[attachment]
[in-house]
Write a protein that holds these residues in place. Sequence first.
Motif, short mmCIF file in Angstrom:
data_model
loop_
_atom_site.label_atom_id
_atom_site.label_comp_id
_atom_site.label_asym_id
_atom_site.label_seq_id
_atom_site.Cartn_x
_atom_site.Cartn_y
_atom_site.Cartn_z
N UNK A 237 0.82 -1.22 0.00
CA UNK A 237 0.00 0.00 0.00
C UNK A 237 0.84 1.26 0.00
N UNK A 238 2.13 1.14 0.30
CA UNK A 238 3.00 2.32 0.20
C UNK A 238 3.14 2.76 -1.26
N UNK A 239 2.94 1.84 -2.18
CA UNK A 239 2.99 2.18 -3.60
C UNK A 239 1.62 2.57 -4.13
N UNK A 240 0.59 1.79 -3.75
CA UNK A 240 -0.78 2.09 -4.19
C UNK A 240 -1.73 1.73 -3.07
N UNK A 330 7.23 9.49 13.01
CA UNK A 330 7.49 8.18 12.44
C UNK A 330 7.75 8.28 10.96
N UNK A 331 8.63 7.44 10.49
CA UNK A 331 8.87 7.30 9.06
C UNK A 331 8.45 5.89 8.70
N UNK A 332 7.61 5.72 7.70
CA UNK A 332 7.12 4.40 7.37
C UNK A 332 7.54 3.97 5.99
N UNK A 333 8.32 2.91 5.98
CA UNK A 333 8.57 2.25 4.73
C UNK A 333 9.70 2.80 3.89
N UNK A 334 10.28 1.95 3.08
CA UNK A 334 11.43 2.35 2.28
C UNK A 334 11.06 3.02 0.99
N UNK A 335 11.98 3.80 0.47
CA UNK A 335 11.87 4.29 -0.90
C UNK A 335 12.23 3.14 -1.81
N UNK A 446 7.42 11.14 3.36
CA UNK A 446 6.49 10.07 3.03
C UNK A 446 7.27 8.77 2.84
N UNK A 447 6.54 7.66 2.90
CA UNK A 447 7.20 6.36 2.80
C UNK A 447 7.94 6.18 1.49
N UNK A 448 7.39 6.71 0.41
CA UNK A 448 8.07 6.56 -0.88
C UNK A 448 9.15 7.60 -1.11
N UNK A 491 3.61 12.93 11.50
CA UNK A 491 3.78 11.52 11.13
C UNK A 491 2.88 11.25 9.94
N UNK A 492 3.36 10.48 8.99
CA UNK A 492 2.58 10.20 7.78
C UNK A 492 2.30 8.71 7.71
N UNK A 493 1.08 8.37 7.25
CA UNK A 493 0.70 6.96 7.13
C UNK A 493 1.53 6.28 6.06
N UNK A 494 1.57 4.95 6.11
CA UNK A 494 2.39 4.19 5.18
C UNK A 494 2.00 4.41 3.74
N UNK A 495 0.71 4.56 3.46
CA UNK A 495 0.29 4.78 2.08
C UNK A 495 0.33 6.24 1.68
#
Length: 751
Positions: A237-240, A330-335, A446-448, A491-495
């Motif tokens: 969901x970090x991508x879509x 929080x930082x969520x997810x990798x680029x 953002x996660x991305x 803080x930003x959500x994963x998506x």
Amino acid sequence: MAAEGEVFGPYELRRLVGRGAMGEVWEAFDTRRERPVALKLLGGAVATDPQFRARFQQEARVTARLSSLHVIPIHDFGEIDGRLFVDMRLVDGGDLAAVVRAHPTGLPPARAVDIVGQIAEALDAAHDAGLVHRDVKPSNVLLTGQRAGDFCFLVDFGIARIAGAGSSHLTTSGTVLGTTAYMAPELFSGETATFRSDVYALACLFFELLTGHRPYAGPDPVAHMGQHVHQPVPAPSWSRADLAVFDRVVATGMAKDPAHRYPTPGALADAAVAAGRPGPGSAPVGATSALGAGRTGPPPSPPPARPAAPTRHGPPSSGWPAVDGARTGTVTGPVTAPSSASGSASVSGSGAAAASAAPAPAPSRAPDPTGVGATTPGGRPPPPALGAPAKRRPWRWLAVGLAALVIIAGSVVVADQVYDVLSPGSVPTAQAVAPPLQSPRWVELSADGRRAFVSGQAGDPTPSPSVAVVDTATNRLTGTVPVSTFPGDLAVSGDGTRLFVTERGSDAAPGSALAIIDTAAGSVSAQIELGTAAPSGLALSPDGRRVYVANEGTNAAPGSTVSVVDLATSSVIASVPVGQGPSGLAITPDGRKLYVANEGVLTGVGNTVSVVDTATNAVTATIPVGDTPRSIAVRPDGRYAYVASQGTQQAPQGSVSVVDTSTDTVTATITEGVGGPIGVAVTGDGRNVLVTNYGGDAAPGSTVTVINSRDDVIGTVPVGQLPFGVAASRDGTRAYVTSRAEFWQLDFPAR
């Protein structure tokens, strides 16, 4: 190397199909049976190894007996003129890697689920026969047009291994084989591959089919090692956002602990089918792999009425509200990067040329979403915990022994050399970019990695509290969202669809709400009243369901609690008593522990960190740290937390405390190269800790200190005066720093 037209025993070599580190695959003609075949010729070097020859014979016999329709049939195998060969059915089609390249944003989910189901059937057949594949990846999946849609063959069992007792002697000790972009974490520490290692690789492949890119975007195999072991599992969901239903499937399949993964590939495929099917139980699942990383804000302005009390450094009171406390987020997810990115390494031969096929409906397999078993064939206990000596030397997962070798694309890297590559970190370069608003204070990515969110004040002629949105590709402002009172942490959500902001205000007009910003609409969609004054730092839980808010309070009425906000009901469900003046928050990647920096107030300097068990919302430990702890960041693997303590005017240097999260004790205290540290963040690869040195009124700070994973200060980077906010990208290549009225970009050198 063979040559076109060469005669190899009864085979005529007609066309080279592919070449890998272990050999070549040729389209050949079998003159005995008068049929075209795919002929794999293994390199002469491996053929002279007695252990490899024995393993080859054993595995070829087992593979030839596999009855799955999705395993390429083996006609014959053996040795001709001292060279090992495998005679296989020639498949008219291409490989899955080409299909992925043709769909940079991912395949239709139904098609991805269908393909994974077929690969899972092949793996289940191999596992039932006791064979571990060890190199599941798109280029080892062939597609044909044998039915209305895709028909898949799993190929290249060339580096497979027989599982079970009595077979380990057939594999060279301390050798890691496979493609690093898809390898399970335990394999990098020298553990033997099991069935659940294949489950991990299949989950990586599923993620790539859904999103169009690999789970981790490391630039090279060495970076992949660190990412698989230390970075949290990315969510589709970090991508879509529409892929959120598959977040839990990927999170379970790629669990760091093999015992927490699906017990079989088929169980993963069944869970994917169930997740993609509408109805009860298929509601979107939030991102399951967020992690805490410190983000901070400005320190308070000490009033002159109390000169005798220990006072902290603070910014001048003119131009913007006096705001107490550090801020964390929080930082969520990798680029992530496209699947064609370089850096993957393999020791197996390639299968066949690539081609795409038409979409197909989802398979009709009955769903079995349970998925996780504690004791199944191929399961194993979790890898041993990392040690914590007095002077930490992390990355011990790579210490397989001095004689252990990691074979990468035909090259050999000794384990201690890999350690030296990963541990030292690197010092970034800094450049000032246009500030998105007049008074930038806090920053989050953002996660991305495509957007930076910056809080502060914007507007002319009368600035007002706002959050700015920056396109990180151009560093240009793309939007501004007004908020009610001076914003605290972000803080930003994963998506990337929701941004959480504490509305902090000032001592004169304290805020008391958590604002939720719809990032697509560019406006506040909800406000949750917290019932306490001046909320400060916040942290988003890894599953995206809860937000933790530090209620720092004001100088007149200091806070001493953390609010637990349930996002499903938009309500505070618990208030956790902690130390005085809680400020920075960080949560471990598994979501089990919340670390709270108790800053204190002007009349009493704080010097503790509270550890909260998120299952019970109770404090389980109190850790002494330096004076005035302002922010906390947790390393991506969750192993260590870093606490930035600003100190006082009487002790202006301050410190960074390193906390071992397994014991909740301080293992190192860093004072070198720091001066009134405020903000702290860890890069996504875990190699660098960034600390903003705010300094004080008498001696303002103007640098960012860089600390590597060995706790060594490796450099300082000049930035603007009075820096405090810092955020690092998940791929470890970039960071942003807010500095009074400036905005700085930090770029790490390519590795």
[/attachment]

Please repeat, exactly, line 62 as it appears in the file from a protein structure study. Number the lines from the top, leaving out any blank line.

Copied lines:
CA UNK A 494 2.39 4.19 5.18